By Alicia Ely Yamin
Chile is one of the few countries in Latin America that has not amended its constitution post-dictatorship. That is set to change on October 25th when the country will hold a plebiscite on constitutional reform.
Any new Chilean Constitution may well follow the path of constitutional reform elsewhere in the region. These reforms, which occurred in the late 1980s and 1990s, and more recently in Mexico, expanded social rights through expanding enumerations and/or incorporation of international human rights law into the constitutional text through “constitutional blocs” (bloques de constiucionalidad).
In situating what is at stake, it is important to recall that the evolution of health rights in Latin America is closely linked to contestation over boundaries between private morality and public policy, between individual and social responsibility, and between the role of the state and markets.
In a region of staggering social inequalities that are reflected in social determinants of health, as well as health outcomes, health systems have been sites of social contestation over democratic inclusion, from the incorporation of health and social protections for workers in the wake of enormous immigration, to the extraordinary Chilean movement for social medicine, to neoliberal market-based reforms. Moreover, since colonial times, when health was generally conceived of as charity organized by religious institutions, there has remained a deeply embedded discourse of health conditions as divine punishment for “sin,” which is most acutely evidenced in relation to sexual and reproductive health.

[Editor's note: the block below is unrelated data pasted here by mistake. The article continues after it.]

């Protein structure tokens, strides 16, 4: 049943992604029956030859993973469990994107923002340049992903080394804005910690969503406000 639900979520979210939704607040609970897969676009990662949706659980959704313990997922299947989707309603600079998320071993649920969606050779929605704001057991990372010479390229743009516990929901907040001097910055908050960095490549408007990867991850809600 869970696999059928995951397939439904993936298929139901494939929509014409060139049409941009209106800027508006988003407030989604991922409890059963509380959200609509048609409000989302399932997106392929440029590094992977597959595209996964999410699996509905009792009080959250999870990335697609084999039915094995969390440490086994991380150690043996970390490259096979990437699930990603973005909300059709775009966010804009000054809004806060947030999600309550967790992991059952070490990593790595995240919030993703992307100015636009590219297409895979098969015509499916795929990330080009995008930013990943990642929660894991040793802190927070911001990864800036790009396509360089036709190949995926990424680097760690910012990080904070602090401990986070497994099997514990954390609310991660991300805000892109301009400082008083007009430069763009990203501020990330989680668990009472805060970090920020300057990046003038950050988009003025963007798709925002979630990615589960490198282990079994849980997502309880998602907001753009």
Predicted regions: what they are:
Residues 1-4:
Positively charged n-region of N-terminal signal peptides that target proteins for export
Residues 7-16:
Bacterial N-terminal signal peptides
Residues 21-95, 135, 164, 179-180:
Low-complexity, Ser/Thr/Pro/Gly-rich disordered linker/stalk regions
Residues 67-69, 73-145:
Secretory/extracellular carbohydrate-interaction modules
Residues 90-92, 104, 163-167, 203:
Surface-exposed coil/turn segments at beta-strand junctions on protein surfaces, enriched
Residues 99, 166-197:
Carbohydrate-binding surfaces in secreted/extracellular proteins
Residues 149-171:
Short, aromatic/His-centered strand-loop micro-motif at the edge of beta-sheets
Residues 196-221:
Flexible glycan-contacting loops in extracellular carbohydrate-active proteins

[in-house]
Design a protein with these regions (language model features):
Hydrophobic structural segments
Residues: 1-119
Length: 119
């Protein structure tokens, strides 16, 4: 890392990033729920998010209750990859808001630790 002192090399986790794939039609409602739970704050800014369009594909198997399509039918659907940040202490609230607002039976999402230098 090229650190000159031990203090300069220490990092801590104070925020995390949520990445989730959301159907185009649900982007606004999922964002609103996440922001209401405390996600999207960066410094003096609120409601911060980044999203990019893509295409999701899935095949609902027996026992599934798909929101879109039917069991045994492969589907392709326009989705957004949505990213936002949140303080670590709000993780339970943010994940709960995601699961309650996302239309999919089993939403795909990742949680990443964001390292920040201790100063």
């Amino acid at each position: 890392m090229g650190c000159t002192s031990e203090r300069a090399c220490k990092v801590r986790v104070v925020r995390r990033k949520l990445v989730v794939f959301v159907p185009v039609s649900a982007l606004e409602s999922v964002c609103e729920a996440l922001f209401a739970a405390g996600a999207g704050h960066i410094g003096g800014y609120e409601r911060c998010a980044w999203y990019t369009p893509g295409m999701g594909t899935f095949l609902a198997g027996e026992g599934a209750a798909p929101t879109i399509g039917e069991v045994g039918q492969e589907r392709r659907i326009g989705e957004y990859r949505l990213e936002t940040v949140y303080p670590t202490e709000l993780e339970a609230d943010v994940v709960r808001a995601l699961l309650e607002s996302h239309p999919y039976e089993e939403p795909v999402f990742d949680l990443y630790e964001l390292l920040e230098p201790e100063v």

Since neoliberal reforms in the region in the ’80s and ’90s, chronic democratic deficits and a lack of capacity to effectively implement health policies and regulate health systems, combined with easy individual access to courts through protection writs (e.g., amparos), have created high demand for health care through judicial enforcement in other countries in the region.
One way to conceptualize the judicialization of health rights in the region is filling the gap between supply and demand for health care. However, this argument disregards a principal implication of construing health, including health care, as a right, which is to understand the health system not as a marketplace, but as a core social institution in a modern democracy, where claims for health protection are assets of legal and social citizenship.
Understood in this light, health systems embed normative decisions, from macro-levels, such as solidarity in financing and fairness in priority-setting processes, to the most micro-level, regarding treatment of patients. Further, courts have a democratically legitimate role to play in ensuring that the decisions taken in health systems are justified and reflect equal concern and respect for all members of society.